38 posted on 11/06/2003 11:43:16 AM PST by jamaksin
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To: jamaksin
Before I post any more on this, how do you mean fraud?
Was it a fraud in what sense?
39 posted on 11/06/2003 12:13:23 PM PST by Tracy White (USS Ward Historian)
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To: jamaksin
So again, are the cryptologists liars or incompetents? This should be easy, since I think I know your answer.

Why don't you share that with the vets here. Meanwhile, I think a certain Mr. White has your number on the Akagi. Deal with him on that. NOW ANSWER MY QUESTION!

40 posted on 11/06/2003 2:53:14 PM PST by LS
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To: Semper Paratus
Yah. But it's in our territory. Hostile vessels with hostile intent. That should be warning enough.
41 posted on 11/06/2003 2:59:14 PM PST by LS
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To: Tracy White; LS
Tracy White,

So very good of you to join in this discussion ... on "fraud" ... it was not my - repeat - not my usage. Now you might consult the Merriam-Webster Collegiate Dictionary, or the Statute of Frauds as given in the United States Uniform Commercial Code (i.e., elementary business law) - but you might also begin your check with #16 this thread for the mustard seed there - LS's genesis.

Just curious - have you as yet discovered the significance of the CA NACHI Papers and their provenance? I apologize if this too much of a "blast" for you; see Prados' Combined Fleet Decoded (pages 698-699), N.B., second paragraph of page 699 - "The mother lode of intelligence treasure ..." which might be helpful to you. [Also, please, any pointer that you have of my saying that CA NACHI was part of the Striking Force would be very helpful.]


So, why again is the AKAGI message a fraud? And, of course the initial question: Why have none of the source materials used to develop the COMSUM15 of November 30, 1941 been released, even after numerous and very specific FOIA requests?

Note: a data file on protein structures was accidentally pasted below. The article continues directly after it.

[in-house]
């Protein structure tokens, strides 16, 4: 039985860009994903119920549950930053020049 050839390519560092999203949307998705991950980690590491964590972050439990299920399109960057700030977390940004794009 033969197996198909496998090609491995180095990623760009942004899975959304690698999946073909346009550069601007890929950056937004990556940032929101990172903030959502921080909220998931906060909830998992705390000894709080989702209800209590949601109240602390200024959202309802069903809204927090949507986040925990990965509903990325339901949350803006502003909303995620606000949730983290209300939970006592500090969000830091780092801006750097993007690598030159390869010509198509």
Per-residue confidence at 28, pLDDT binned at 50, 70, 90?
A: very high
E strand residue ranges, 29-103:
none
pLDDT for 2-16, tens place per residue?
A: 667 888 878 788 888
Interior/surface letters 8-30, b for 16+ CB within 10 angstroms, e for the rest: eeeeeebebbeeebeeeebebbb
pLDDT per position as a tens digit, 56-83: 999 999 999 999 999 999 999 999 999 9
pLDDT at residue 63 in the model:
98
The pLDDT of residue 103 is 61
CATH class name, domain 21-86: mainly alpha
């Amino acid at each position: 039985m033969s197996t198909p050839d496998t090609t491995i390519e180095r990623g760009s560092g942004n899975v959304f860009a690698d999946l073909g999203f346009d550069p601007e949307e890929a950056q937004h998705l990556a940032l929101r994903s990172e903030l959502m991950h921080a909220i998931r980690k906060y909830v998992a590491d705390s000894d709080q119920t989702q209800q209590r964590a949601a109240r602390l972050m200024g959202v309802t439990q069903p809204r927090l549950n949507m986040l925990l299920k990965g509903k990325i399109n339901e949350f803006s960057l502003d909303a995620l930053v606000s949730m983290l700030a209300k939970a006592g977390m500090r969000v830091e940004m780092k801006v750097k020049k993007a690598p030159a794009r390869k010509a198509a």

Very odd, indeed and, of course, curious.

Thank you each in advance.

42 posted on 11/07/2003 2:16:19 AM PST by jamaksin
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To: jamaksin
Readers, you see now for the 10th time this fellow refuses to answer a very simple question. Why is that?

Maybe because he knows you won't like his answer very much. Let me answer it for him.

"Question: Do you think the veterans, the codebreakers, teh cryptologists were traitors?"

Answer: "Yes I do. They were in cahoots with FDR, who knew the attack was coming and who got their cooperation to stage a massive coverup."

That's his answer, folks. That's the answer he has dodged, ducked, refused to address. That's why he masks everything around stupid references to the "Akagi" or some other message---because the issue here is he thinks all you vets, especially you cryptographers, KNOWINGLY PARTICIPATED IN A PLOT TO KILL THOUSANDS OF AMERICANS.

Let him deny that this is what he thinks. Let him answer straightforward my question, and the only question of relevance: "Do you think that the codebreakers/cryptographers were traitors?" It's just that simple.

43 posted on 11/07/2003 4:32:45 AM PST by LS
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To: LS

Hello and a very good morning to you.

If you could, please, and if it is not causing too much trouble, please to square your #32 and now just #43 ... TENTH or 10th ... time. Thank you.

Oh, yes, those AKAGI details would be appreciated.

Further, on whose "oath" and whose "honor" please see, from The Pacific War [circa 1981] by John Costello, Chapter 38 “Pearl Harbor-Warning or Decision?” on page 647, is found:

Safford’s letter to Kramer: